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I have some questions about the released energy and power of a nuclear fission bomb.

  • What are the key dependencies of the power of a fission bomb?
  • Is it true that the power of a fission bomb depends linearly on the mass of the bomb? If so, why?
  • Is there a simple physical argument to estimate the magnitude of the total released energy of the bomb if you know the mass and the used isotope? Can you provide an example calculation?
  • How can I estimate the power (released energy per time) from this information?
  • Is there a closed formula to calculate the power of a fission bomb.
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Sir Geoffrey Taylor's publication The Formation of a Blast Wave by a Very Intense Explosion. II. The Atomic Explosion of 1945 seems to have some useful information. Here's the direct link to the pdf. –  Wojciech Morawiec Apr 6 '13 at 20:36
    
Do you mean power or energy? The power is going to vary rapidly depending on the point in the process –  Martin Beckett Apr 6 '13 at 20:37
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2 Answers

What are the key dependencies of the power of a fission bomb?

The type of fissile material and geometry( the arrangement in space).

Is it true that the power of a fission bomb depends linearly on the mass of the bomb? If so, why?

The energy available comes from nuclear transitions and is fixed for a specific interaction and isotope combination. It is proportional to the number of nucleons available, and thus to the total mass.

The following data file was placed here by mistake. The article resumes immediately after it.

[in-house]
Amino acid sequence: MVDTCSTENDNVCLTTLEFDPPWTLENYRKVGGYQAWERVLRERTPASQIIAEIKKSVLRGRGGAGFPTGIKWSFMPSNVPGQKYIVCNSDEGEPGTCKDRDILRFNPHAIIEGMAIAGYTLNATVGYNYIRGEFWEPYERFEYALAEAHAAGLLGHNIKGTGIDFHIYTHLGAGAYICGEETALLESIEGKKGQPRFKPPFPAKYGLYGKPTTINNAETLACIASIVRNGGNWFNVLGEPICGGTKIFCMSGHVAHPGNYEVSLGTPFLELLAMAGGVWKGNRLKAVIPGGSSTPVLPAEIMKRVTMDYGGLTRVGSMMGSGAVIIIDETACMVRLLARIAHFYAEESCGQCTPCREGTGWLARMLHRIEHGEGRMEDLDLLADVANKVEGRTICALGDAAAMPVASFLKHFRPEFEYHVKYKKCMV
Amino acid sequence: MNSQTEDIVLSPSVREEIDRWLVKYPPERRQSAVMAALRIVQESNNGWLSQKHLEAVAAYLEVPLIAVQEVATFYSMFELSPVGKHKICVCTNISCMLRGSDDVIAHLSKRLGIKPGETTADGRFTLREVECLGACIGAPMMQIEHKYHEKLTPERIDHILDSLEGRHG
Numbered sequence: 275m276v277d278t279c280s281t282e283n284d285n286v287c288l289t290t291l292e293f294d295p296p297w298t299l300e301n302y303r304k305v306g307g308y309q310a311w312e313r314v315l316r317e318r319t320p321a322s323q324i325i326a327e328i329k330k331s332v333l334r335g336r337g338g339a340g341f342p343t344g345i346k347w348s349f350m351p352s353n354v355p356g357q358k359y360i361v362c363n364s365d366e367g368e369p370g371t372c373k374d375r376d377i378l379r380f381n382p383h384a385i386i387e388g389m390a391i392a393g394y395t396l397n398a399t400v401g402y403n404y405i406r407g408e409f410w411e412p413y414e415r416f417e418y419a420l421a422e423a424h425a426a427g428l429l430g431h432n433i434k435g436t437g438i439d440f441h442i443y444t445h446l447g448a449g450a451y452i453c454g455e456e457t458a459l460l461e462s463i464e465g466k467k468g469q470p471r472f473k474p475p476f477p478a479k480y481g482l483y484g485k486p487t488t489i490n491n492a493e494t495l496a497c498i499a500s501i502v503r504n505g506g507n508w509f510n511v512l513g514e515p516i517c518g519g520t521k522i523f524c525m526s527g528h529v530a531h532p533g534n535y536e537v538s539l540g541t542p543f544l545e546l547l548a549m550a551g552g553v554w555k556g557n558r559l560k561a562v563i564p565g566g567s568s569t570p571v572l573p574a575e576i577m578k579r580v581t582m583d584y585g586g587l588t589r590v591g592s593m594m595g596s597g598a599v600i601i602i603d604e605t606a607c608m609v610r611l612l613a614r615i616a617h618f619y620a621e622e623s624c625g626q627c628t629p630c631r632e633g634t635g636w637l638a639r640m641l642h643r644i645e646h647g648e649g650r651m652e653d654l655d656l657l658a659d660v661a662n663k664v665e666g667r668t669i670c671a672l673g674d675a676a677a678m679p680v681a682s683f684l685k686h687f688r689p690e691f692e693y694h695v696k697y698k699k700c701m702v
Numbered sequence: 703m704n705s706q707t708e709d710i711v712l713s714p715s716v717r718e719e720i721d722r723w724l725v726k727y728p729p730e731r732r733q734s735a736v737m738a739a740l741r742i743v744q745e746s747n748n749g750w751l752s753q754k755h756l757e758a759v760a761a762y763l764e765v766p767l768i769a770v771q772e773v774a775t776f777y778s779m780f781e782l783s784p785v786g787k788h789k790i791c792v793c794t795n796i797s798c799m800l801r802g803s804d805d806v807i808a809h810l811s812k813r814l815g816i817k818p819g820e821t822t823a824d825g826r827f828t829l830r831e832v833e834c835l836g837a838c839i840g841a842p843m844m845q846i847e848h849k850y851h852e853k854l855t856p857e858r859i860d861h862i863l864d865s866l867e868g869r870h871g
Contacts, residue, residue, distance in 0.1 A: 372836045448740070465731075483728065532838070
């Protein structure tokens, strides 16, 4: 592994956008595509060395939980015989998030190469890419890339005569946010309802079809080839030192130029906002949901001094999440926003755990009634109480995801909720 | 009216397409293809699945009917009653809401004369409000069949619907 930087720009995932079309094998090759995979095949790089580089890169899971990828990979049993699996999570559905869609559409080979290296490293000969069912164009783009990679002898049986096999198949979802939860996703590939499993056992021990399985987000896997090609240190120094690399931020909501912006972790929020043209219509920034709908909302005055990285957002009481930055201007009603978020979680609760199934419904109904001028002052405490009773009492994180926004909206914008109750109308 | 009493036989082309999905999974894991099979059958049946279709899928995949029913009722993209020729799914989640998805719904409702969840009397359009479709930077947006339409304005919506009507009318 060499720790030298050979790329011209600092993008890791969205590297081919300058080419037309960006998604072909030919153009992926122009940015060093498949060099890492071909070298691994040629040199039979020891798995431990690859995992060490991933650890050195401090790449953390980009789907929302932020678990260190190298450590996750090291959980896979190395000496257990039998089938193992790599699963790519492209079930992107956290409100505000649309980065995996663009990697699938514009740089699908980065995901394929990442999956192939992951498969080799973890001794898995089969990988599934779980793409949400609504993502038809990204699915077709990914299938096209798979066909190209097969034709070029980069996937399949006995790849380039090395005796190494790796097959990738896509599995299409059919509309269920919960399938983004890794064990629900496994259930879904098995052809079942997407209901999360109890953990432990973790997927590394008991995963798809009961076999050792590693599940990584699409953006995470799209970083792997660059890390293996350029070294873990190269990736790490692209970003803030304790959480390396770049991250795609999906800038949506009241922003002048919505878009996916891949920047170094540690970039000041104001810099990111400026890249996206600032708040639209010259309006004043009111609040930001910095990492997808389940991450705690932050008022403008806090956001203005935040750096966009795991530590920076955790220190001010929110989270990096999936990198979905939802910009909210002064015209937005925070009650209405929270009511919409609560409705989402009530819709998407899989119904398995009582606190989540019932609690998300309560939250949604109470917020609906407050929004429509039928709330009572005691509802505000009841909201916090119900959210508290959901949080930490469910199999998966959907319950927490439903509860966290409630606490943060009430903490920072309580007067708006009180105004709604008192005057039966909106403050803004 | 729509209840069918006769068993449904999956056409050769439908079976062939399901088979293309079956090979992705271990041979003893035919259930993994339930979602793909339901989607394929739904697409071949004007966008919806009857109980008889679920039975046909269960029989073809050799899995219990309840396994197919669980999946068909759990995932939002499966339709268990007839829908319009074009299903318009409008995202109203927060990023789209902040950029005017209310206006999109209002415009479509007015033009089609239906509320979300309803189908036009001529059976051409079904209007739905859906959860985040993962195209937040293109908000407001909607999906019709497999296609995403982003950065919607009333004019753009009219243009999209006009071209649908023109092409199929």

Is there a simple physical argument to estimate the magnitude of the total released energy of the bomb if you know the mass and the used isotope? Can you provide an example calculation?

No. It can be estimated after the fact. That is why there are always trials of all new weapons.

How can I estimate the power (released energy per time) from this information? Is there a closed formula to calculate the power of a fission bomb.

enter image description here

Logarithmic scatterplot comparing the yield (in kilotons) and weight (in kilograms) of various nuclear weapons developed by the United States.

The power will depend on the geometry i.e. the arrangement in space of the fissile material. The energy released can be estimated after the fact, as is shown in this wiki article, although there are theoretical maximum yields that can be estimated.

This question can really be satisfied by taking a nuclear engineering course, not by asking questions here, imo.

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The energy release by the bomb is given by the total mass, ie., tamper plus fission material divided by 2 and multiplied by the velocity of expansion squared. This velocity is the expansion to second criticality divided by the characteristic expansion time.

For example in the Nagasaki bomb, the Plutonium was %6.2% kg and the tamper $108$ kg. The plutonium was compressed to about 2.2 times it's alpha density making it critical. The characteristic time was estimated as $33$ ns. The plutonium expanded from $3.27$ to $4.14$ cm, i.e., $0.87$ cm in $33$ ns.

This yields $8.6\times10^{20}$ ergs and at, say $4\times 10^{20}$ ergs per $10$ kilotons of TNT is $21.6$ kilotons.

$1055$ g underwent fission and an efficiency of $17\%$. Total life time of the explosion was about $580$ ns. Mass converted to energy, just under $1$ g.

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Correction, characteristic time 10.35 ns. The 33 ns is for a U235 bomb. –  Martin Page Dec 26 '13 at 19:40
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